Last but by no means least you have to be able to perform these 11 skills not just face to face but at the end of a phone or over a video call. Lots more on this including my Martini Model (Anytime, Anyplace, Anywhere) of virtual collaboration in the further reading section at the end of this article.

I am NOT suggesting that these 12 skills fully define collaboration.

For example, we also have Big Picture Collaboration where sometimes a leader needs to make an investment or offer help outside their traditional boundary for the sake of the community or bigger picture. Showing leadership in certain “stuck” situations may require you to make the first move in the hope of triggering a bilateral or multilateral collaborative response. 

However I would suggest that if you can master the 12 key skills introduced here you are well on the path to becoming a collaboration maestro!

Collaborative Skills Assessment App

It is possible to use the 12 skills to conduct a skills assessment using pencil and paper. Alternatively you can use our free mobile phone app to do this in a way which makes it easy to retain a permanent record to feed into further skills development discussions on this key topic.

You may freely access the Collaborative Skills Assessment app here. The app is web-based  – no registrations, logins or software downloads are required.

Improving collaboration skills experientially and socially

Team-based Business Simulations are a great way to develop stronger skills in collaboration and can be very effectively used in combination with the skills model/ assessment tool. For example:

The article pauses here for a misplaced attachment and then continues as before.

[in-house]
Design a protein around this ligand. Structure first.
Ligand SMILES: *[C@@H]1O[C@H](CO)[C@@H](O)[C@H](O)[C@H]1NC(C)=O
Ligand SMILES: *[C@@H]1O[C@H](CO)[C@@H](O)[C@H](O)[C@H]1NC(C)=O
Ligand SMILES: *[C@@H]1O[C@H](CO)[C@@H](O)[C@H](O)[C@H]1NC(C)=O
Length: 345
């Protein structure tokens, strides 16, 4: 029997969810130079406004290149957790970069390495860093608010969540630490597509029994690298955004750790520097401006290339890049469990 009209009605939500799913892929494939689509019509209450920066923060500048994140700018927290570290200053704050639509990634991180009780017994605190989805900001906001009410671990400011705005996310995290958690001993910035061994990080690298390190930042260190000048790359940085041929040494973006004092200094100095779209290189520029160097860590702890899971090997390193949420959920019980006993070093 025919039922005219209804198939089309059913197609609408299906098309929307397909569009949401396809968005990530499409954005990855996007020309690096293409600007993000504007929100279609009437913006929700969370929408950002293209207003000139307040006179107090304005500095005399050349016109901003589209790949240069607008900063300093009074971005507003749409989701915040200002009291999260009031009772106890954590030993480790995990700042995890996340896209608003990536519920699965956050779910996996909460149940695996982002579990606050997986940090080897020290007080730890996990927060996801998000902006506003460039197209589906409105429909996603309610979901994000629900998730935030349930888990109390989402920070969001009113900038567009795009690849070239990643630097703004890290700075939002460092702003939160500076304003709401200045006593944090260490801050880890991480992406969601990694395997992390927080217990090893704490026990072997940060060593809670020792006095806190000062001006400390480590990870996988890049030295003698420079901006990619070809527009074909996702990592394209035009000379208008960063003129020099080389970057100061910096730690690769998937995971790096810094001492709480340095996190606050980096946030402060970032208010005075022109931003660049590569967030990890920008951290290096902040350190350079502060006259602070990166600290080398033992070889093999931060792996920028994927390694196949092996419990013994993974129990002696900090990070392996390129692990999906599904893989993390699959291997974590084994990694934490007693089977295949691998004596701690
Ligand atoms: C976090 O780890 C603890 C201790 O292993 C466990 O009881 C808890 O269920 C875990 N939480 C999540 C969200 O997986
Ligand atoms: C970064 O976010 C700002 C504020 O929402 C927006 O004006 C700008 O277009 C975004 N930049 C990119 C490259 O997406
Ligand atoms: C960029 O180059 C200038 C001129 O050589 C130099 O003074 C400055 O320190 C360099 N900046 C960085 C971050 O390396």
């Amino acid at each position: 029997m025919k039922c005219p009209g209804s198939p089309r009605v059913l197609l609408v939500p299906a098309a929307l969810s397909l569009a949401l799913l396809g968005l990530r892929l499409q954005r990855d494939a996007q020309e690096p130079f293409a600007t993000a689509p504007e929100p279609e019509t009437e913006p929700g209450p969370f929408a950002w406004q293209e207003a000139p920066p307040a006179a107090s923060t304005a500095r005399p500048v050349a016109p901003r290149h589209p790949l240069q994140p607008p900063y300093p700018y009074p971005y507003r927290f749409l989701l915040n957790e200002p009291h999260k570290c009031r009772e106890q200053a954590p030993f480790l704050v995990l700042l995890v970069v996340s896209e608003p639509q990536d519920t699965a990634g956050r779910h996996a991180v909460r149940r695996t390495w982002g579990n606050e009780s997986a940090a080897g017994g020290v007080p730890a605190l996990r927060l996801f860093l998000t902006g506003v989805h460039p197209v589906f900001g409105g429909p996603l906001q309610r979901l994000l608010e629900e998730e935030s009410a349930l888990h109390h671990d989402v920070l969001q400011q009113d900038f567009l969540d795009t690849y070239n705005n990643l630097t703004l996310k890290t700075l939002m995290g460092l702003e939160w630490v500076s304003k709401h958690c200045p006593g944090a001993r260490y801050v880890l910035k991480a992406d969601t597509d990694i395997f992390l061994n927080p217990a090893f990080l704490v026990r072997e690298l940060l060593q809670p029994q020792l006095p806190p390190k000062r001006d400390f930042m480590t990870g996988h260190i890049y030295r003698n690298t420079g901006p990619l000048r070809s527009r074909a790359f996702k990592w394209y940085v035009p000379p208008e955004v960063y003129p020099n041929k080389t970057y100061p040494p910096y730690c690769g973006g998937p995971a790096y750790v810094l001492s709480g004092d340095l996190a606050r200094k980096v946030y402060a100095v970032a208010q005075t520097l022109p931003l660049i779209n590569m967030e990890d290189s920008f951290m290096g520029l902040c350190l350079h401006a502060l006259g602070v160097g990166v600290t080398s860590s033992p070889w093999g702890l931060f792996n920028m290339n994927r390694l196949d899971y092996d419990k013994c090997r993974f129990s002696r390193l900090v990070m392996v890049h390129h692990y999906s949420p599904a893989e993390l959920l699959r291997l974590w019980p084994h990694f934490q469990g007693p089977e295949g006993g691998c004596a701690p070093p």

• CHAPTER and CREW allow you to develop your Team Collaboration Skills.
  • COMPETE and PLAYOFF let you experience when you might need to collaborate with the competition.
  • XSIM and CONSORTIUM help you experience when and how you can move from an overly competitive view of things to a more productive collaborative approach.

Further reading on collaboration

A Systematic Guide to Collaboration and Competition within Organizations by Ken Thompson, February 2017

A Systematic Guide to High Performing Teams (HPTs)

We need a New Understanding of Collaborative Working

Three questions to ask when your boss says we need to collaborate better

Why managers resist collaboration ... and what you can do about it!

Leading Management Institute uses simulation for experiential virtual team learning

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More about Ken Thompson

Ken Thompson

Ken is a practitioner, author and speaker on Leadership, Collaborative Working, High Performing Teams, Change Management, Project Management and Business Acumen. His work has featured in major publications including The Guardian , Wired Magazine, The Huffington Post and The Henry Ford Magazine. Ken has also spoken at many international events including TEDx, the Institute for Healthcare Improvement (IHI), Learn Tech (London) and NASA.

Ken is Founder of Business Simulations Ltd.

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Systematic Guide to Collaboration and Competition within Organizations